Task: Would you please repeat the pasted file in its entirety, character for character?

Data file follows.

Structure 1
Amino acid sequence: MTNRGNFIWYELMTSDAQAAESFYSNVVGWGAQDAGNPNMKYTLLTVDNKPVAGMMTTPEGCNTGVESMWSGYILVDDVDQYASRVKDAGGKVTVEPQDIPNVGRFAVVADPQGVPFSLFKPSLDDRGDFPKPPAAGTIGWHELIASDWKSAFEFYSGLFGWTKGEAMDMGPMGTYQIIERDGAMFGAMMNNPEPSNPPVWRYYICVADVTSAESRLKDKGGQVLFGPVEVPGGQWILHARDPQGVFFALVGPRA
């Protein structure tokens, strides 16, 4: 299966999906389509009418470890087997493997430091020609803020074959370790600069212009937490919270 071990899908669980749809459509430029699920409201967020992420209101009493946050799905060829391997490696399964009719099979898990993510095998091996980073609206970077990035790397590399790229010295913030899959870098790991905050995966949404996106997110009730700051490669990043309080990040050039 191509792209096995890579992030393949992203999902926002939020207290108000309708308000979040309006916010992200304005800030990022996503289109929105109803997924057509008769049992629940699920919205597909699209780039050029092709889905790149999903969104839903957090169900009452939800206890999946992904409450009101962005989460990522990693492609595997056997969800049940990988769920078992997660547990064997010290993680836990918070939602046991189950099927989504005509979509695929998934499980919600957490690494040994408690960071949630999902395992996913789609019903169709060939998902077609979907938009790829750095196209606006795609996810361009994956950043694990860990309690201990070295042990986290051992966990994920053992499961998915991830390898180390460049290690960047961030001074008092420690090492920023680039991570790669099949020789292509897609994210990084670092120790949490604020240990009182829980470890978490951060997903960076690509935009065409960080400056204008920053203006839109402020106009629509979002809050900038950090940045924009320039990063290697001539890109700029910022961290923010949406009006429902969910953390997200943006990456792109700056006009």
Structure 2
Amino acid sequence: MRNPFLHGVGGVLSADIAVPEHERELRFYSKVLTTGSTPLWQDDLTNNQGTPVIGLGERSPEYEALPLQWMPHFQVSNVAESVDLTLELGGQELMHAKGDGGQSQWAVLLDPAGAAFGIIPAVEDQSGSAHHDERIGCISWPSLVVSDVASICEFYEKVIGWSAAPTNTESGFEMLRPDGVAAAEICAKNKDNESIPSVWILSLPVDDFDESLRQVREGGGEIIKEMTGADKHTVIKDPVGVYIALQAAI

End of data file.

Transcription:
Structure 1
Amino acid sequence: MTNRGNFIWYELMTSDAQAAESFYSNVVGWGAQDAGNPNMKYTLLTVDNKPVAGMMTTPEGCNTGVESMWSGYILVDDVDQYASRVKDAGGKVTVEPQDIPNVGRFAVVADPQGVPFSLFKPSLDDRGDFPKPPAAGTIGWHELIASDWKSAFEFYSGLFGWTKGEAMDMGPMGTYQIIERDGAMFGAMMNNPEPSNPPVWRYYICVADVTSAESRLKDKGGQVLFGPVEVPGGQWILHARDPQGVFFALVGPRA
């Protein structure tokens, strides 16, 4: 299966999906389509009418470890087997493997430091020609803020074959370790600069212009937490919270 071990899908669980749809459509430029699920409201967020992420209101009493946050799905060829391997490696399964009719099979898990993510095998091996980073609206970077990035790397590399790229010295913030899959870098790991905050995966949404996106997110009730700051490669990043309080990040050039 191509792209096995890579992030393949992203999902926002939020207290108000309708308000979040309006916010992200304005800030990022996503289109929105109803997924057509008769049992629940699920919205597909699209780039050029092709889905790149999903969104839903957090169900009452939800206890999946992904409450009101962005989460990522990693492609595997056997969800049940990988769920078992997660547990064997010290993680836990918070939602046991189950099927989504005509979509695929998934499980919600957490690494040994408690960071949630999902395992996913789609019903169709060939998902077609979907938009790829750095196209606006795609996810361009994956950043694990860990309690201990070295042990986290051992966990994920053992499961998915991830390898180390460049290690960047961030001074008092420690090492920023680039991570790669099949020789292509897609994210990084670092120790949490604020240990009182829980470890978490951060997903960076690509935009065409960080400056204008920053203006839109402020106009629509979002809050900038950090940045924009320039990063290697001539890109700029910022961290923010949406009006429902969910953390997200943006990456792109700056006009």
Structure 2
Amino acid sequence: MRNPFLHGVGGVLSADIAVPEHERELRFYSKVLTTGSTPLWQDDLTNNQGTPVIGLGERSPEYEALPLQWMPHFQVSNVAESVDLTLELGGQELMHAKGDGGQSQWAVLLDPAGAAFGIIPAVEDQSGSAHHDERIGCISWPSLVVSDVASICEFYEKVIGWSAAPTNTESGFEMLRPDGVAAAEICAKNKDNESIPSVWILSLPVDDFDESLRQVREGGGEIIKEMTGADKHTVIKDPVGVYIALQAAI